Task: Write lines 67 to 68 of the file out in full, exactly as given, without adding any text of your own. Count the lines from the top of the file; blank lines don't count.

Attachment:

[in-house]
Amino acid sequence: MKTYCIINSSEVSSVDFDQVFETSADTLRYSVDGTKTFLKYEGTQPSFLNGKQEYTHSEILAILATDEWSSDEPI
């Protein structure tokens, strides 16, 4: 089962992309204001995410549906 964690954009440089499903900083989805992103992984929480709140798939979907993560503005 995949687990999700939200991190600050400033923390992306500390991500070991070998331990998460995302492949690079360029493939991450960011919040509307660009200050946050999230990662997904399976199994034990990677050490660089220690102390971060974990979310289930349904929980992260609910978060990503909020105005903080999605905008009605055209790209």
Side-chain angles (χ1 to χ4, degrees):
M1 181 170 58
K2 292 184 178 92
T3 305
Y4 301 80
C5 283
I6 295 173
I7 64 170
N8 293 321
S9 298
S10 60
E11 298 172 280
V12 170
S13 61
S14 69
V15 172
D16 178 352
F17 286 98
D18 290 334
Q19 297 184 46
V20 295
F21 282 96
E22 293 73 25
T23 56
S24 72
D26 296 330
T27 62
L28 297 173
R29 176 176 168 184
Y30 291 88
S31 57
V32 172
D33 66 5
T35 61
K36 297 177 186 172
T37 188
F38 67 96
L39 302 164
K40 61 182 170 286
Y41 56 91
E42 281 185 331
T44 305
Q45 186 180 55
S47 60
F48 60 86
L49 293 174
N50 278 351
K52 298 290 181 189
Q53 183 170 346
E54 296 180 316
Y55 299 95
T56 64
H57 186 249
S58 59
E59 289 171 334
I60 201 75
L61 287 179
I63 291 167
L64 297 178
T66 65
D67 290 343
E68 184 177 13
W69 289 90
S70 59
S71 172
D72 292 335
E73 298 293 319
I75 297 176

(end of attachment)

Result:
S70 59
S71 172